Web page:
10. Great podcast. The concerns and questions raised are very similar to mine, only I come at it from a different perspective. I am the father of a five year old son, and a non-member who has been interested and involved with Mormonism since childhood (story published in Dec. 2007 Sunstone, as “Among The Mormons: My Journey As A Liahona Christian”). I appreciate many things about the LDS church, and feel that regardless of social, historical, theological issues, God does speak to me through this tradition (amongst others). My wife and I almost were baptized five years ago, but cancelled due to the hurt and discipline experienced by members/friends who respectfully questioned the Church’s position on California’s Prop. 8. After thinking our LDS “member moment” had permanently passed, recently our family has been regularly attending a very welcoming ward and our son, Danny, is loving Primary. We appreciate the many positives there. Just the simple, Choose The Right message that he hears repeatedly does cause him to evaluate choices he makes at home. The overall kindness and happiness he experiences is very valuable. It is cool to see how Danny really loves the missionaries and looks up to them. As adoptive parents we value a worldview that reinforces our belief that God chose our son to come into our family, although in a different way. But, we are indeed concerned about the Follow The Prophet message (I do think that this can sound like brainwashing to non-LDS folks), the “true church” programming, and gender role messages. While we appreciate the strong moral foundation of the Church, we are concerned about messages he might receive later about sexual purity, homosexuality, etc. I don’t need to go through the whole litany. Most have been mentioned. It’s just somewhat different as our family considers stepping into the Church with these concerns. At the moment we just say we are “Christians choosing to worship with Mormon Christians” and seem accepted in the ward in that context. Anyway, thanks again for a quite thoughtful podcast.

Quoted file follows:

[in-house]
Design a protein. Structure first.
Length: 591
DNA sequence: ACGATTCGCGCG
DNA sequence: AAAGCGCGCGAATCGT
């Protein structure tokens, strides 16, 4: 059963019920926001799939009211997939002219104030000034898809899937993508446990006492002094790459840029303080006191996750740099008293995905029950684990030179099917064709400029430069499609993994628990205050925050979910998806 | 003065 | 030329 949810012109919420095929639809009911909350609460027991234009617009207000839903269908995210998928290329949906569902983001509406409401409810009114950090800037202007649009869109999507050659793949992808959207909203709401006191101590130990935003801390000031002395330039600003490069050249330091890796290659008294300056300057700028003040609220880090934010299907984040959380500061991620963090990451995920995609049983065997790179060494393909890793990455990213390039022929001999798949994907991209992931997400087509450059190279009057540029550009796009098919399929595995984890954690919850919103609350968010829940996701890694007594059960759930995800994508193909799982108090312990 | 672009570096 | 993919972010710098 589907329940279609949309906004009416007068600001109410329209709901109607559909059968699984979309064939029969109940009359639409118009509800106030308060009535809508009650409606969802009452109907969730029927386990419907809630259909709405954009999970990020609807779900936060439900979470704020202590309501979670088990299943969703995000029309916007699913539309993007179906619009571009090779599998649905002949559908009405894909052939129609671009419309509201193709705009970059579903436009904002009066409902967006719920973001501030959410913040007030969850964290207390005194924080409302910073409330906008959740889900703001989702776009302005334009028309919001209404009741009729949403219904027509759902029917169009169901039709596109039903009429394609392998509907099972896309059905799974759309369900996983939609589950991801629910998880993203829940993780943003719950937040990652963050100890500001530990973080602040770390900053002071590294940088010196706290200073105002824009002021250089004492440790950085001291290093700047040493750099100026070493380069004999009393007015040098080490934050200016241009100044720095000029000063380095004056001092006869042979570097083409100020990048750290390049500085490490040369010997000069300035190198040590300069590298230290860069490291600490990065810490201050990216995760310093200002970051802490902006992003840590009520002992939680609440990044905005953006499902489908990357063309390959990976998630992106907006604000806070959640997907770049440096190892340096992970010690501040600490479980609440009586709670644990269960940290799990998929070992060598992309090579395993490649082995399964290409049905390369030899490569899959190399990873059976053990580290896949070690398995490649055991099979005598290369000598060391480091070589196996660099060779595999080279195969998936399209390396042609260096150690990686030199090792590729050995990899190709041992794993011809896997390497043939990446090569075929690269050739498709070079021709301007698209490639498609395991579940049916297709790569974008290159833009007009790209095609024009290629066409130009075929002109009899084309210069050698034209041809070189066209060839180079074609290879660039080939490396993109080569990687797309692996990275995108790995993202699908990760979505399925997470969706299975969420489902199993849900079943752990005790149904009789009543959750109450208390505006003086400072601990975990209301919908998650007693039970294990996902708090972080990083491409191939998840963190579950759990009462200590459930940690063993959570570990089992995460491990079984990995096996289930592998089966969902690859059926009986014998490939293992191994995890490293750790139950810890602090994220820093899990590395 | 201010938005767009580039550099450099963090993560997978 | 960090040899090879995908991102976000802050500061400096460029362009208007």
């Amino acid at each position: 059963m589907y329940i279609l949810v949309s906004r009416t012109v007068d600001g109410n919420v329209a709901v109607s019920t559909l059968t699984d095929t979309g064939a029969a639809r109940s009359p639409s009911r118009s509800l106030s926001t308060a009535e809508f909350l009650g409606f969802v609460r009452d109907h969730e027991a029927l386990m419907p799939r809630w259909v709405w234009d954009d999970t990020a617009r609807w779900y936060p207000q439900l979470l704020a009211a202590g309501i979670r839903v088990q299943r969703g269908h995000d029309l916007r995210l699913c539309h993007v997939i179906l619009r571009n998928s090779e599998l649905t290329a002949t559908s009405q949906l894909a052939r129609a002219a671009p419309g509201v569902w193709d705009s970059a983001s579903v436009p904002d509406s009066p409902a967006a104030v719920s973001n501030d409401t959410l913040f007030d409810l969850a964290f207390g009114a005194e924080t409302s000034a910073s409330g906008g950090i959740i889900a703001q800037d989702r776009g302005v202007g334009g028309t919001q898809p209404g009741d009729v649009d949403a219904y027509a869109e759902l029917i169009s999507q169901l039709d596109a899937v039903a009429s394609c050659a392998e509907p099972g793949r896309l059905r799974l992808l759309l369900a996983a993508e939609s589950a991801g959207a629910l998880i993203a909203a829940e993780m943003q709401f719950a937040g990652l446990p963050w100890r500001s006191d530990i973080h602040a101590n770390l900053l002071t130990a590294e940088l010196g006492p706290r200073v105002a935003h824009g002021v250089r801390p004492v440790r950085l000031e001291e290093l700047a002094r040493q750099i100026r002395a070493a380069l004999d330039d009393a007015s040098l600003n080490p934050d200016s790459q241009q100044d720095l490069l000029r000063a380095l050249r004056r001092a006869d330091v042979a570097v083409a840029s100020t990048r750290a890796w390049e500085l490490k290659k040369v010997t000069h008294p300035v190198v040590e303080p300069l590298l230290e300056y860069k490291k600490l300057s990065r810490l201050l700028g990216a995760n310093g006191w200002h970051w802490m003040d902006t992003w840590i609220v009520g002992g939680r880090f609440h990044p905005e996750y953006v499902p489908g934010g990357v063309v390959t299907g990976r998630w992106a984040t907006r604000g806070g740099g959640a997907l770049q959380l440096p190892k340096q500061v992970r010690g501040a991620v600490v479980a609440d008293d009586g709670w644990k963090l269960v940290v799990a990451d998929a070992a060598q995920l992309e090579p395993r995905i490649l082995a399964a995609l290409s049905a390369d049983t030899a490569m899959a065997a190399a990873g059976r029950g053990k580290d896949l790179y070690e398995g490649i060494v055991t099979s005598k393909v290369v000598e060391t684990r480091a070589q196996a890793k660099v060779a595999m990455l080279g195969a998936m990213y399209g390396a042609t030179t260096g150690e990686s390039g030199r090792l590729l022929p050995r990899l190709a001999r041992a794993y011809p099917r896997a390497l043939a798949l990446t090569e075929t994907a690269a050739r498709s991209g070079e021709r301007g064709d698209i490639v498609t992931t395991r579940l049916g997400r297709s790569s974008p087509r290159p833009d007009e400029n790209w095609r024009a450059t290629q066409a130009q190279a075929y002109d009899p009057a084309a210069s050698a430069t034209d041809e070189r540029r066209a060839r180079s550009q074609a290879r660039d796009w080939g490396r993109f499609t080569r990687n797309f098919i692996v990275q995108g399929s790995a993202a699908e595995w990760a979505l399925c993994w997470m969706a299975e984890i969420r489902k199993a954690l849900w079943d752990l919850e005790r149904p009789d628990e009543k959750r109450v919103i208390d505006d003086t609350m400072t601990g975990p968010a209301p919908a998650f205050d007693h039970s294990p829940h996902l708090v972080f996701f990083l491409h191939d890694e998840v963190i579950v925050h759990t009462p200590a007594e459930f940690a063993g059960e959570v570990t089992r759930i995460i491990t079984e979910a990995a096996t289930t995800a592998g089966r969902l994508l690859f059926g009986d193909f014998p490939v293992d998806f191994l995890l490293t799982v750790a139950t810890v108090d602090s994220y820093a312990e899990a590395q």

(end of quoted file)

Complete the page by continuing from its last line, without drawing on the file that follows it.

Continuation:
11. I was so excited to hear Paul bring up the ValueTale series. I was raised on the series and we have read them with our kids since they were little. My kids love the books and often will bring up these historical figures and their associated story/value. As Paul mentioned they are also great in providing both male and female role models. I would recommend these books to anyone trying to focus on Values rather than religious dogma.